Old Problems Resurface With China’s Rising Food Prices

The British writer Bruce Chatwin, in his 1989 book “What Am I Doing Here,” ascribed the power of Chinese emperors to nothing more than the authority over agriculture.

“Imperial decrees,” Chatwin wrote, “used to begin ‘The World is based on Agriculture.’”

It’s been more than 20 years since Chatwin wrote and a millennium since the era he evoked.

But in China, even the most massive changes in income levels can’t mask the same fault lines that pervade the task of governing this old, big country.

So even as China declares its seventh annual consecutive record harvest this month, the concern over national hunger — manifested as government efforts to defend 95% self-sufficiency in food — has not abated.

If anything, a top United Nations official says it’s only intensified.

Olivier De Schutter, the United Nations Special Rapporteur on the right to food, wrote in a six-page report published Thursday that since 1997, China has lost 8.2 million hectares of arable land because of urbanization, industrialization or natural disasters. That’s nearly a tenth of the amount of arable land used to produce five major grain and oilseed categories this year, by official estimates.

“China faces considerable ecological threats and challenges, with deep potential consequences for both food security at the national level and the realization of the right to food of vulnerable groups,” De Schutter pointed out.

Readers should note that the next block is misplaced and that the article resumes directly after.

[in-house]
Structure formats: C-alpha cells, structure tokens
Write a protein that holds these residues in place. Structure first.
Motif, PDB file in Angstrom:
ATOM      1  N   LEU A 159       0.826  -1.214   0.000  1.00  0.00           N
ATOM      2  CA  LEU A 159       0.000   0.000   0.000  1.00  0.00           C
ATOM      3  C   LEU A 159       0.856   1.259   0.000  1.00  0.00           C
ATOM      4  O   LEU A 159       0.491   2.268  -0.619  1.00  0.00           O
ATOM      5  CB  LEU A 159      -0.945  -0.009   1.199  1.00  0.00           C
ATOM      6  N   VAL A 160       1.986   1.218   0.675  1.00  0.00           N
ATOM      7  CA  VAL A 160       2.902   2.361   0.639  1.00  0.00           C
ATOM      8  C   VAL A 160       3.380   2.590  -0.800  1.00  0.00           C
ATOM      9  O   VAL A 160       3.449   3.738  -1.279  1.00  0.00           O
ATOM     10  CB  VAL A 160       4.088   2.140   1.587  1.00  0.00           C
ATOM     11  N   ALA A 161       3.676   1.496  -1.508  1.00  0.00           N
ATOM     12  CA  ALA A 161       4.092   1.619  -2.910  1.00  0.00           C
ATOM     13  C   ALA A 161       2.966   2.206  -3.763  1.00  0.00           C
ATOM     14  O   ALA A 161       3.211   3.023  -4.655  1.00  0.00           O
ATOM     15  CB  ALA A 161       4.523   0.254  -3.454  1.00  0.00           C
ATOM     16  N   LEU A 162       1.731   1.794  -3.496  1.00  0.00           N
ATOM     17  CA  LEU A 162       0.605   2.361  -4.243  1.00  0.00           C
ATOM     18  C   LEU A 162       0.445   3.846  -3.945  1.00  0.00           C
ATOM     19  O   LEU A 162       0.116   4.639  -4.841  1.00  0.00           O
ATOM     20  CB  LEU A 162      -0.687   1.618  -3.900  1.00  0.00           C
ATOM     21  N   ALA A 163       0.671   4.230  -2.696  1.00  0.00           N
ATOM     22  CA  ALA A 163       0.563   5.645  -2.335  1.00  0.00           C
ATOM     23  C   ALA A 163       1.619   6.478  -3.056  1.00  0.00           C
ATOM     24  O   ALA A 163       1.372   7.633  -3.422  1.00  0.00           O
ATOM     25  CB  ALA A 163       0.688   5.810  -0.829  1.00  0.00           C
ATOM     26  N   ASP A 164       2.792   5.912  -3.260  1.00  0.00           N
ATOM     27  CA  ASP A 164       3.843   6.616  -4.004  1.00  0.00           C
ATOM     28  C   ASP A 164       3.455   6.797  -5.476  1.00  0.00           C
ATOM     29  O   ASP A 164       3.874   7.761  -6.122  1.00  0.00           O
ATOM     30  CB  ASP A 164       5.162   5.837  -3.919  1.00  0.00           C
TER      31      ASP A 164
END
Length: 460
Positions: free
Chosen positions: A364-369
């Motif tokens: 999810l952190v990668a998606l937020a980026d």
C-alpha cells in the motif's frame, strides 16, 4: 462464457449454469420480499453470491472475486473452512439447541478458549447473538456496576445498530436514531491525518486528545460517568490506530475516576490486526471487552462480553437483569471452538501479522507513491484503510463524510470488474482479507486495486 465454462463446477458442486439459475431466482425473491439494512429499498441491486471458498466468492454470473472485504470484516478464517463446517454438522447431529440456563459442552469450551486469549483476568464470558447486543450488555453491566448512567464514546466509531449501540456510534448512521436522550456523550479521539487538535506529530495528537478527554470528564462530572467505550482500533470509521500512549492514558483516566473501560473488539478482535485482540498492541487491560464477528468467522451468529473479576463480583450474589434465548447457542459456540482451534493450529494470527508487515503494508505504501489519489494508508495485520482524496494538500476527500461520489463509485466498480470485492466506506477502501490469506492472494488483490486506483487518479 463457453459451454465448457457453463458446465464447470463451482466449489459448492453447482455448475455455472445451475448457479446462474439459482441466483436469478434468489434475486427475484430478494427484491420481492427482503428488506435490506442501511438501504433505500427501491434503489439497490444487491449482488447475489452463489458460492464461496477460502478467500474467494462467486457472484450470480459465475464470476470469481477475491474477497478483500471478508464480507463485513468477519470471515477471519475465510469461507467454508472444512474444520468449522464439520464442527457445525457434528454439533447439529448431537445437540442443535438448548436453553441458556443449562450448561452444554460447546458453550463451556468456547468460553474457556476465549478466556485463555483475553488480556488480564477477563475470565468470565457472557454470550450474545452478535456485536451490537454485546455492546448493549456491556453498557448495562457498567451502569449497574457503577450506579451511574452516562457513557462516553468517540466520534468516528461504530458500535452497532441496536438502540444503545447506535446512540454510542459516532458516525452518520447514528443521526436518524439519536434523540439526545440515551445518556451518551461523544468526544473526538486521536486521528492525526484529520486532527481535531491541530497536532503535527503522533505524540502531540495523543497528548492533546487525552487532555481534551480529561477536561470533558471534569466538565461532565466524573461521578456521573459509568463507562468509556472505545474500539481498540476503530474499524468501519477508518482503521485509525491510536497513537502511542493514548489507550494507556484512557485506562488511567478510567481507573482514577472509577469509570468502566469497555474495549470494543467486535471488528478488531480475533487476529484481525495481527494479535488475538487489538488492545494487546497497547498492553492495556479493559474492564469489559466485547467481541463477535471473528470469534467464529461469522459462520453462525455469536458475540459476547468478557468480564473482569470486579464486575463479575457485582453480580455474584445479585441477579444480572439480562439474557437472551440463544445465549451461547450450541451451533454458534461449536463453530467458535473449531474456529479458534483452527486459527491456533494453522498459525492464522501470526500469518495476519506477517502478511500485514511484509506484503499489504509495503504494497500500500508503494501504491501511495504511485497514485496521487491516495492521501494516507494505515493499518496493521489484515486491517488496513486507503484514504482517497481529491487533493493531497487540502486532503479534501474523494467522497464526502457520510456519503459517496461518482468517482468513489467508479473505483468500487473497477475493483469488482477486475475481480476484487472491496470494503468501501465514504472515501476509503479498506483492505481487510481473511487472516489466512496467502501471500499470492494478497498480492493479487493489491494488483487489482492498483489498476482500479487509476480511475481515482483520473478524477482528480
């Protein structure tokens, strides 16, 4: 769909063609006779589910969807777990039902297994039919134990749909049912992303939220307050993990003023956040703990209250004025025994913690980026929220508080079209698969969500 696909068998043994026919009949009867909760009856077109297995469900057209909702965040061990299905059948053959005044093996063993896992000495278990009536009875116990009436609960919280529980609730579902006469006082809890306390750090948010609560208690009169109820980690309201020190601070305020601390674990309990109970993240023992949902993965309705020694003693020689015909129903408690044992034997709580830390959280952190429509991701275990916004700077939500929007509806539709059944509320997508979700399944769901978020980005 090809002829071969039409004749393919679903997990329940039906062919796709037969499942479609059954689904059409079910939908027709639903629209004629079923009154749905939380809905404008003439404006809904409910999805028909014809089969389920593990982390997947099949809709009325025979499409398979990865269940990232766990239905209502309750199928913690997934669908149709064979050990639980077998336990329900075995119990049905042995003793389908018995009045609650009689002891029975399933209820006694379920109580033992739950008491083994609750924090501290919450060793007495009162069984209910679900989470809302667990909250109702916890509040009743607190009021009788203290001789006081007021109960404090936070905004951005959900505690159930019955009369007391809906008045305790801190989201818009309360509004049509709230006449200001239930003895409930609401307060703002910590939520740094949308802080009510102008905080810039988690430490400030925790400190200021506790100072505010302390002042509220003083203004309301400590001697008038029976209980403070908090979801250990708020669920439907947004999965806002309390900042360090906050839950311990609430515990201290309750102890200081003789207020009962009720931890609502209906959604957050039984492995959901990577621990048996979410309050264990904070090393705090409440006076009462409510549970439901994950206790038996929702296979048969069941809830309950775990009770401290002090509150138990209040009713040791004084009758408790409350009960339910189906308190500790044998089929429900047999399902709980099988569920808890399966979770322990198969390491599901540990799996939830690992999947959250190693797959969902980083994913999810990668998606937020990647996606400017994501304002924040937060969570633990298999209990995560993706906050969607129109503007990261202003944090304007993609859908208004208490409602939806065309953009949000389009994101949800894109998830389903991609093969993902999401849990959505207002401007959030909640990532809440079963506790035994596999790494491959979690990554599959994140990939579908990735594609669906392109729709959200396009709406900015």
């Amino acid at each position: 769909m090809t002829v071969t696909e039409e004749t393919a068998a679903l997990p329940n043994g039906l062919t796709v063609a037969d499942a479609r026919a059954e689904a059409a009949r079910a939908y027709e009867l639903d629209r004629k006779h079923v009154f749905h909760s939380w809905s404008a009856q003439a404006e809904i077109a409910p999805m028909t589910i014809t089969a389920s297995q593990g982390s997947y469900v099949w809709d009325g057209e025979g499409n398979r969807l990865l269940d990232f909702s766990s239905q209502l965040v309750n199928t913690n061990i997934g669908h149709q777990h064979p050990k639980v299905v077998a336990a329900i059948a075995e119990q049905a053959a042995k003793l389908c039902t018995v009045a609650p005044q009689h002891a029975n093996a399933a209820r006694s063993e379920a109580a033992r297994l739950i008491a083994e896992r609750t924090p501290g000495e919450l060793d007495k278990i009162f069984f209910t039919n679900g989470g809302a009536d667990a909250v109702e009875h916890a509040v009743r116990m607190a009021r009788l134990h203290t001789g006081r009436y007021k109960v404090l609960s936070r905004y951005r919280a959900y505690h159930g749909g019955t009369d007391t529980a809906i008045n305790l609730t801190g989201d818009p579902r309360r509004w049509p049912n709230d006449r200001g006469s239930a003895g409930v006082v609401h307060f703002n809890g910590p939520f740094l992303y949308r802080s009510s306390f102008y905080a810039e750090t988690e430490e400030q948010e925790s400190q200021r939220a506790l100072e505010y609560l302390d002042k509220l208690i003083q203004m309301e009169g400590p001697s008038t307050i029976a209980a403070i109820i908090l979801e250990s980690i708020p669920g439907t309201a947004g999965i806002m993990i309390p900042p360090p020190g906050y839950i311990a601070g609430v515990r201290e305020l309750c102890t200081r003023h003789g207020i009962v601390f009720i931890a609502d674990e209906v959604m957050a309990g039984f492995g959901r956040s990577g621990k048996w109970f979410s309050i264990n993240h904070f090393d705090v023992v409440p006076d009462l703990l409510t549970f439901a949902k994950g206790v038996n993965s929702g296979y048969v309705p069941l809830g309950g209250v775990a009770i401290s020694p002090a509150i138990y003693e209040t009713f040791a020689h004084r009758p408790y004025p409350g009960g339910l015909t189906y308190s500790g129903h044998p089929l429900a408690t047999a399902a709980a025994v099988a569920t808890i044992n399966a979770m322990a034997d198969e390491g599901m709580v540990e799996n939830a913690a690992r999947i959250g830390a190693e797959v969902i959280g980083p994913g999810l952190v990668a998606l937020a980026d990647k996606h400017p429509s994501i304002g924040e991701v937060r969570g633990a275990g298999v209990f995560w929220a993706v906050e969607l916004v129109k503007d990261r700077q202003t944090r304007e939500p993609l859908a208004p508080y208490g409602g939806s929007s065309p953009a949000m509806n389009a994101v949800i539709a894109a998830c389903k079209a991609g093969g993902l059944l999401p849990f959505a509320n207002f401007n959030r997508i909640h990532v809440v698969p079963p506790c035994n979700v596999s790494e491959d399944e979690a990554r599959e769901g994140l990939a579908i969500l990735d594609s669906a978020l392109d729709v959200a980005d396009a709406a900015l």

Water scarcity is “a huge problem,” he said. The amount of water available to each person in China is less than one third the world average, he wrote.

More than a third of the country’s territory suffers from land degradation, he said.

“This shrinking of arable land represents a major threat to the ability of China to maintain its current self-sufficiency in grain, and it fuels competition over land and land evictions,” De Schutter noted.

Climate change could lop a further 5 to 10 percent off agricultural productivity by 2030.

The recommendations of the special rapporteur, an independent office reporting to the U.N. General Assembly, aren’t anything the government doesn’t already know or isn’t already working on.

Among others, De Schutter urged Beijing to quickly address income gaps, improve the rights of rural migrants, beef up security of land tenure and access to land, transit toward more sustainable agriculture, and address nutrition and food safety.

Food prices this year have risen sharply, bringing inflation to a 28-month high, to a point where eggs and milk in the city of Hangzhou, near Shanghai, may have risen beyond comparable tags in Boston. It’s certainly prompted a policy rethink at the highest levels of government.

Officially, the government still mostly blames bad weather and speculators.

But there are deeper systemic worries.

If they aren’t addressed, as De Schutter warned, the relentless upward pressure on food prices is just “a harbinger of what may be lying ahead.”

Source: WallStreetJournal.com– Chuin-Wei Yap